Also, oddly enough just after I watched this film the BBC began broadcasting their series "History of the World in 100 Objects" (http://www.bbc.co.uk/ahistoryoftheworld/). All of these fantastic stories about the dawn of art and culture has stirred a fantastic imagination inside of me. It has given me yet another form of art to juxtapose with contemporary art. I ask this question to you: Is it possible to make such authentic and honest paintings like the ones in the Chauvet Cave today? I doubt those people created these paintings for any reason other than fascination and amazement. But perhaps it's an unfair question because is assumes you can compare cave painting to contemporary painting. I'll never forget the conversation I had with a friend who complained to me that it is plain wrong to categorize King Tut's Sarcophagus and Gerhard Richter's abstract paintings under the same umbrella of "Art".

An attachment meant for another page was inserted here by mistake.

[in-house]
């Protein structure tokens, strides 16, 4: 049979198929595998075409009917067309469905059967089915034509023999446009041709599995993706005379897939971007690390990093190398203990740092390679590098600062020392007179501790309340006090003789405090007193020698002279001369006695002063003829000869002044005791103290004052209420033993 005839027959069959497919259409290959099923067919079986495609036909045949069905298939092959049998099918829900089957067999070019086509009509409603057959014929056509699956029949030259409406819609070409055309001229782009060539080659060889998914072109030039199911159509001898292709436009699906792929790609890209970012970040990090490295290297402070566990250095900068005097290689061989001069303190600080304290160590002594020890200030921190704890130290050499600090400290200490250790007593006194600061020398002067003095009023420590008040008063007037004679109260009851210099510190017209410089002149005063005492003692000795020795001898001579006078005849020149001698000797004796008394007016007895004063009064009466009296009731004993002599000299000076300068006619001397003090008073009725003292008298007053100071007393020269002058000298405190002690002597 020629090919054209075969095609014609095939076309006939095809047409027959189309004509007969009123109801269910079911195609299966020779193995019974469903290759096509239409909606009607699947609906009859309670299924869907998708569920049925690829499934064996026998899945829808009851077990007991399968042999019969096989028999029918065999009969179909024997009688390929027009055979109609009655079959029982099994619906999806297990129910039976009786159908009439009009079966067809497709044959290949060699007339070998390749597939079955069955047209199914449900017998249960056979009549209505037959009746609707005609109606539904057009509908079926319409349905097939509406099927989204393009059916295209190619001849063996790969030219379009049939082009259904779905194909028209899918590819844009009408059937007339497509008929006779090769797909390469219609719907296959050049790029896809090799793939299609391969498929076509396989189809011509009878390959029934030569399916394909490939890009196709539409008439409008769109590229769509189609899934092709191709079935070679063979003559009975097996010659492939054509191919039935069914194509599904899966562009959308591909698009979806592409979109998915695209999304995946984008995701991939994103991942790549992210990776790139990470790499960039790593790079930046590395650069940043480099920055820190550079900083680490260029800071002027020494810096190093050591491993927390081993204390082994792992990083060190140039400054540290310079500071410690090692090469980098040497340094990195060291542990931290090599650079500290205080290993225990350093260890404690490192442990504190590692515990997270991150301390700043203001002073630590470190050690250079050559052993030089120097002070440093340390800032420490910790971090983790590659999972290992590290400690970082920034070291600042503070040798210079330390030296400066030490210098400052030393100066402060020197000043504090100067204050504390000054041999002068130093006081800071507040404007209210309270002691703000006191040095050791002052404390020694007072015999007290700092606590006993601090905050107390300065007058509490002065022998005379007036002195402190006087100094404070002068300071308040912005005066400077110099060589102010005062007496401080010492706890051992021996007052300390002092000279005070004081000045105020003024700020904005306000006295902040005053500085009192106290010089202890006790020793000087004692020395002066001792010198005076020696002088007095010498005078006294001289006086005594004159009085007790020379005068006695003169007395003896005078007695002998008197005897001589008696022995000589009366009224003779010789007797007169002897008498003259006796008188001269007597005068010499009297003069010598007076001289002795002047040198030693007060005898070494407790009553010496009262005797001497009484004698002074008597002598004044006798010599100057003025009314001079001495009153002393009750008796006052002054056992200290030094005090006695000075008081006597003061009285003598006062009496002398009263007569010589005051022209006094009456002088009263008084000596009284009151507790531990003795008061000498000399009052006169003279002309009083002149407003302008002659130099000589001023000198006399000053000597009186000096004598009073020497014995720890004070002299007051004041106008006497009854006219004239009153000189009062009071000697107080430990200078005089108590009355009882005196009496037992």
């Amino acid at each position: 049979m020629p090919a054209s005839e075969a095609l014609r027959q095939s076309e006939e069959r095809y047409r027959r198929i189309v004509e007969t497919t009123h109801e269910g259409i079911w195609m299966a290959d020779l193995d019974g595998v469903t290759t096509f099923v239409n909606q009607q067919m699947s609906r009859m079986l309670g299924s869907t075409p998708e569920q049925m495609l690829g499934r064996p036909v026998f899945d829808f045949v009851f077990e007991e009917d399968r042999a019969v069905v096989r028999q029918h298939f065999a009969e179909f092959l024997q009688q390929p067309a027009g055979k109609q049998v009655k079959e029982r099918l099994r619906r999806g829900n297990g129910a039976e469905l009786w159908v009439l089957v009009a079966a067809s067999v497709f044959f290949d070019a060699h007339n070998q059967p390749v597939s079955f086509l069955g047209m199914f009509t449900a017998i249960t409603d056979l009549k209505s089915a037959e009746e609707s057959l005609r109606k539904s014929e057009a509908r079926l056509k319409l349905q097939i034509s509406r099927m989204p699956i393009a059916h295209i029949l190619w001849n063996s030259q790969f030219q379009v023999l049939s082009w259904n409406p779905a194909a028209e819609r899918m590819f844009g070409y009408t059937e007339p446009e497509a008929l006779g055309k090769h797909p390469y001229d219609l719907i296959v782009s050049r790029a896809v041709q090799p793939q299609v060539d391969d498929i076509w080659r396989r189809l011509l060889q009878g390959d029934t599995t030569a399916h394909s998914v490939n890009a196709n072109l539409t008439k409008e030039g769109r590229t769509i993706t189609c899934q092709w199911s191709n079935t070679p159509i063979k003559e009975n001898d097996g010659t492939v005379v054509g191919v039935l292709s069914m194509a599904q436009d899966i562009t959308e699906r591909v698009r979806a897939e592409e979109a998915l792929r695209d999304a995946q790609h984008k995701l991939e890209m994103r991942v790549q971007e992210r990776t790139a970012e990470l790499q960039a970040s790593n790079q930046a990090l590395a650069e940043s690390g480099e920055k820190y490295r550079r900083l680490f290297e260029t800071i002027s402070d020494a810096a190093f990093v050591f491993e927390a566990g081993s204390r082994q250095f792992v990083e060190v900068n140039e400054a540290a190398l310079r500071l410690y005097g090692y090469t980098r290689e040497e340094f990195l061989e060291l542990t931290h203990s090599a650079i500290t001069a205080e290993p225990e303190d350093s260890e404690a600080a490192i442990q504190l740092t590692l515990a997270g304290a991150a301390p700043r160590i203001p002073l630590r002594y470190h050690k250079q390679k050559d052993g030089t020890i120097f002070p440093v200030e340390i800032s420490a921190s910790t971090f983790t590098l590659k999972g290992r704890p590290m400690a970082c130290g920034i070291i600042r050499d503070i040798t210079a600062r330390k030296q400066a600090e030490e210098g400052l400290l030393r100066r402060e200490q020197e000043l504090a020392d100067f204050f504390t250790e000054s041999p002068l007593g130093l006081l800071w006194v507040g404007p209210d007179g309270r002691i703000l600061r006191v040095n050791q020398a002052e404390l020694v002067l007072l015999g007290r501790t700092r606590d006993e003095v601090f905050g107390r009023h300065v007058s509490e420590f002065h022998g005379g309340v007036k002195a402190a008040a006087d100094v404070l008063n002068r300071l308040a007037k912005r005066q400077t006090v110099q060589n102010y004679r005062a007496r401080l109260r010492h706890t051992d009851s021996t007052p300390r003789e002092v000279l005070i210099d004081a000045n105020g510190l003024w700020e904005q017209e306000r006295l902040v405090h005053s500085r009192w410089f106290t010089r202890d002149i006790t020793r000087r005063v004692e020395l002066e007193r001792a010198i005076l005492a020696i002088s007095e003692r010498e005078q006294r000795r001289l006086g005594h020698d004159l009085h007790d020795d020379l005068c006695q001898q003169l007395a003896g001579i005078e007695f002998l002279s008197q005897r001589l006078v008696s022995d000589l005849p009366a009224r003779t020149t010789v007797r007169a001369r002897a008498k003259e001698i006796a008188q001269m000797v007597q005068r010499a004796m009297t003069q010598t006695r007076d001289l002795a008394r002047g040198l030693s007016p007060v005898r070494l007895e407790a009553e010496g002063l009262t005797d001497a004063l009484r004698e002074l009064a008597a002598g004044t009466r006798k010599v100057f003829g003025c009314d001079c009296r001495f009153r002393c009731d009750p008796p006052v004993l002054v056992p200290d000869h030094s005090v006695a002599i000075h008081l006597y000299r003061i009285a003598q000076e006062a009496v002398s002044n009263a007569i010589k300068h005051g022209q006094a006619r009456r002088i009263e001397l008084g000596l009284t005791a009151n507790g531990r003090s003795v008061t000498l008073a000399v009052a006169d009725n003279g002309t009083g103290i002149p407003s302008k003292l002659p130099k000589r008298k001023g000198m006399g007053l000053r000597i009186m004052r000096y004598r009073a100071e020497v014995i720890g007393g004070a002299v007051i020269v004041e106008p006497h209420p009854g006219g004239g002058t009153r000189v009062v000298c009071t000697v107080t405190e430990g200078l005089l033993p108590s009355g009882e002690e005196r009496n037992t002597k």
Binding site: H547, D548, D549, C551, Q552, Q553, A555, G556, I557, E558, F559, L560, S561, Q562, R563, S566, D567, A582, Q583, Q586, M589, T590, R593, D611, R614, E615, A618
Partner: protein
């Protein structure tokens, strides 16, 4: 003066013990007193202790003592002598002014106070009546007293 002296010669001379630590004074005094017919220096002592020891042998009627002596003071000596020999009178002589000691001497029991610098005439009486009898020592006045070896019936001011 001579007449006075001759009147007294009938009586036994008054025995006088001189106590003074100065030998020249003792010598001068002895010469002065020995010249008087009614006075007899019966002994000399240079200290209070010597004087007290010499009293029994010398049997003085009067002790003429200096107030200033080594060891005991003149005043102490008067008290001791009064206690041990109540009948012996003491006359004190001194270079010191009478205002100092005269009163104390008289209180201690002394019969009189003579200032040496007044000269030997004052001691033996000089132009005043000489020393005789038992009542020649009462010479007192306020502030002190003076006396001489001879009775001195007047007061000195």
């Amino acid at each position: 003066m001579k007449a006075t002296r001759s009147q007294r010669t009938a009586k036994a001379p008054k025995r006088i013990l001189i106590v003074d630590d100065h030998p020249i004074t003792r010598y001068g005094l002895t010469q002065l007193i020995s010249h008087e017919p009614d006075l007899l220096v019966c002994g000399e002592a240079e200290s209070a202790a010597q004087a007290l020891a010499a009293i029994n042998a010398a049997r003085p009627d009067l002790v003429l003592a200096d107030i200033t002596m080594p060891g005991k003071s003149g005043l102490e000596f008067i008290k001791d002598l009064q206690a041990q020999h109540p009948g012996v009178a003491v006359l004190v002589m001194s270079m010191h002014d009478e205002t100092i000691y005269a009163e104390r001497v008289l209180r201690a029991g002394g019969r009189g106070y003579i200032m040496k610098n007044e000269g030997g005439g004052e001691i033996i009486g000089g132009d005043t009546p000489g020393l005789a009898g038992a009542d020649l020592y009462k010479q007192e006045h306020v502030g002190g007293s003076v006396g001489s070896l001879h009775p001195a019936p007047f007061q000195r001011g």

|Depiction of the head|
of a Bison on top of
the pubic area of a
female (which happens
to be the first depiction
of the human form in
After watching the Herzog film and viewing the incredible images they'd taken of the paintings it occurred to me that these earliest forms of visual art contain within them all of the elements and principles of design. It feels as though these paintings are simultaneously the beginning and end of art. Within them we find the entire visual vocabulary that gave expression to human emotions for thousands and thousands of years. Similarly, I found in an old New Yorker article that after a visit to the cave of Lascaux, Picasso reportedly said, "they've invented everything".
A few weeks back I asked a friend "if you had to choose one work of art to represent all of humanity which would it be?" I now know the answer to this question.